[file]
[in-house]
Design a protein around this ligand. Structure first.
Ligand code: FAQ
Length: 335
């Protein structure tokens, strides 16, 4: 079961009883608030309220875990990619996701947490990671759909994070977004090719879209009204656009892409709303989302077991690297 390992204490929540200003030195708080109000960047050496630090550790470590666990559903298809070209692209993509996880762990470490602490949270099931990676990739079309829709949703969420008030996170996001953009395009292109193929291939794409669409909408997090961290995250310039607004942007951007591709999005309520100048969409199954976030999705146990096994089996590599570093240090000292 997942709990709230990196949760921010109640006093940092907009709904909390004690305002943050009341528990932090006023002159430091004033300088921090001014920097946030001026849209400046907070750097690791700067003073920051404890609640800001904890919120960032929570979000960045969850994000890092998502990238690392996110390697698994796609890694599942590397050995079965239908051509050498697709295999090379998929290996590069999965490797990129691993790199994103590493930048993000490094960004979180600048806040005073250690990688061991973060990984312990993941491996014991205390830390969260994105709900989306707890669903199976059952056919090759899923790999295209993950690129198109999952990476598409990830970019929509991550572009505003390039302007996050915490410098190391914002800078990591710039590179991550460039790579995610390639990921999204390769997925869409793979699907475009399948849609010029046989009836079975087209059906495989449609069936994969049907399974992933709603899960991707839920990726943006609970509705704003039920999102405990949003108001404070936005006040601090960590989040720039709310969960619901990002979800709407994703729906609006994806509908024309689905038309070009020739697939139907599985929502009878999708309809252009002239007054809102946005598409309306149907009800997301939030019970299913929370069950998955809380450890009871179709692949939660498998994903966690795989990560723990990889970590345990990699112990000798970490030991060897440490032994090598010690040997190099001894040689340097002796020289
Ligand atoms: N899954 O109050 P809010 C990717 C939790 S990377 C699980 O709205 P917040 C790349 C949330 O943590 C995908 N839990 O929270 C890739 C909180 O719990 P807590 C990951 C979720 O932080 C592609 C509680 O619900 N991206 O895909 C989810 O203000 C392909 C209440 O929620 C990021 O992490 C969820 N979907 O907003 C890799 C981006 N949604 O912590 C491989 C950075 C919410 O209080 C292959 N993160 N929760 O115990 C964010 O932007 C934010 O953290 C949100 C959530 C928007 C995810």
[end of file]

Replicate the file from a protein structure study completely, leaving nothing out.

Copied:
[in-house]
Design a protein around this ligand. Structure first.
Ligand code: FAQ
Length: 335
């Protein structure tokens, strides 16, 4: 079961009883608030309220875990990619996701947490990671759909994070977004090719879209009204656009892409709303989302077991690297 390992204490929540200003030195708080109000960047050496630090550790470590666990559903298809070209692209993509996880762990470490602490949270099931990676990739079309829709949703969420008030996170996001953009395009292109193929291939794409669409909408997090961290995250310039607004942007951007591709999005309520100048969409199954976030999705146990096994089996590599570093240090000292 997942709990709230990196949760921010109640006093940092907009709904909390004690305002943050009341528990932090006023002159430091004033300088921090001014920097946030001026849209400046907070750097690791700067003073920051404890609640800001904890919120960032929570979000960045969850994000890092998502990238690392996110390697698994796609890694599942590397050995079965239908051509050498697709295999090379998929290996590069999965490797990129691993790199994103590493930048993000490094960004979180600048806040005073250690990688061991973060990984312990993941491996014991205390830390969260994105709900989306707890669903199976059952056919090759899923790999295209993950690129198109999952990476598409990830970019929509991550572009505003390039302007996050915490410098190391914002800078990591710039590179991550460039790579995610390639990921999204390769997925869409793979699907475009399948849609010029046989009836079975087209059906495989449609069936994969049907399974992933709603899960991707839920990726943006609970509705704003039920999102405990949003108001404070936005006040601090960590989040720039709310969960619901990002979800709407994703729906609006994806509908024309689905038309070009020739697939139907599985929502009878999708309809252009002239007054809102946005598409309306149907009800997301939030019970299913929370069950998955809380450890009871179709692949939660498998994903966690795989990560723990990889970590345990990699112990000798970490030991060897440490032994090598010690040997190099001894040689340097002796020289
Ligand atoms: N899954 O109050 P809010 C990717 C939790 S990377 C699980 O709205 P917040 C790349 C949330 O943590 C995908 N839990 O929270 C890739 C909180 O719990 P807590 C990951 C979720 O932080 C592609 C509680 O619900 N991206 O895909 C989810 O203000 C392909 C209440 O929620 C990021 O992490 C969820 N979907 O907003 C890799 C981006 N949604 O912590 C491989 C950075 C919410 O209080 C292959 N993160 N929760 O115990 C964010 O932007 C934010 O953290 C949100 C959530 C928007 C995810």